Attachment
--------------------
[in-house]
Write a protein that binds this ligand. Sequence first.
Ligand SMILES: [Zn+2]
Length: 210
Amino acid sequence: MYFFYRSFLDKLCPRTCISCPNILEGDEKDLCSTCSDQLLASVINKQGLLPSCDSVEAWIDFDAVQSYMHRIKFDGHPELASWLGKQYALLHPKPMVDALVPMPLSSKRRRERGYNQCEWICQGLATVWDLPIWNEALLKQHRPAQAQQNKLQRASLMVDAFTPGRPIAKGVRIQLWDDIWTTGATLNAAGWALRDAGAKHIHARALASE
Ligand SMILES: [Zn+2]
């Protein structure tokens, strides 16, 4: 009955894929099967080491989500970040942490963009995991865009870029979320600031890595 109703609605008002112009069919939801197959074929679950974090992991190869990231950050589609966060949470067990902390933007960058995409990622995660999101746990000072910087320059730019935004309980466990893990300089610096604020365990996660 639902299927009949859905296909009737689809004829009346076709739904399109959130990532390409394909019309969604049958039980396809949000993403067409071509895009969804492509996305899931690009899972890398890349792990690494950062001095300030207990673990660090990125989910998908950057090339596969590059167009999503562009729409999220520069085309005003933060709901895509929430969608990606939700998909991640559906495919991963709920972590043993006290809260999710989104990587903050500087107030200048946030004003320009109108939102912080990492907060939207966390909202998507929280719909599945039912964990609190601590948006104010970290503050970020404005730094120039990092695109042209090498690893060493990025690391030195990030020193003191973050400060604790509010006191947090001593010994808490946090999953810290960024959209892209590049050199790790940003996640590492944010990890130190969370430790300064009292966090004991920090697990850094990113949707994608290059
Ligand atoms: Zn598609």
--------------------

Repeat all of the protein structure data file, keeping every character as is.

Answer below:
[in-house]
Write a protein that binds this ligand. Sequence first.
Ligand SMILES: [Zn+2]
Length: 210
Amino acid sequence: MYFFYRSFLDKLCPRTCISCPNILEGDEKDLCSTCSDQLLASVINKQGLLPSCDSVEAWIDFDAVQSYMHRIKFDGHPELASWLGKQYALLHPKPMVDALVPMPLSSKRRRERGYNQCEWICQGLATVWDLPIWNEALLKQHRPAQAQQNKLQRASLMVDAFTPGRPIAKGVRIQLWDDIWTTGATLNAAGWALRDAGAKHIHARALASE
Ligand SMILES: [Zn+2]
């Protein structure tokens, strides 16, 4: 009955894929099967080491989500970040942490963009995991865009870029979320600031890595 109703609605008002112009069919939801197959074929679950974090992991190869990231950050589609966060949470067990902390933007960058995409990622995660999101746990000072910087320059730019935004309980466990893990300089610096604020365990996660 639902299927009949859905296909009737689809004829009346076709739904399109959130990532390409394909019309969604049958039980396809949000993403067409071509895009969804492509996305899931690009899972890398890349792990690494950062001095300030207990673990660090990125989910998908950057090339596969590059167009999503562009729409999220520069085309005003933060709901895509929430969608990606939700998909991640559906495919991963709920972590043993006290809260999710989104990587903050500087107030200048946030004003320009109108939102912080990492907060939207966390909202998507929280719909599945039912964990609190601590948006104010970290503050970020404005730094120039990092695109042209090498690893060493990025690391030195990030020193003191973050400060604790509010006191947090001593010994808490946090999953810290960024959209892209590049050199790790940003996640590492944010990890130190969370430790300064009292966090004991920090697990850094990113949707994608290059
Ligand atoms: Zn598609």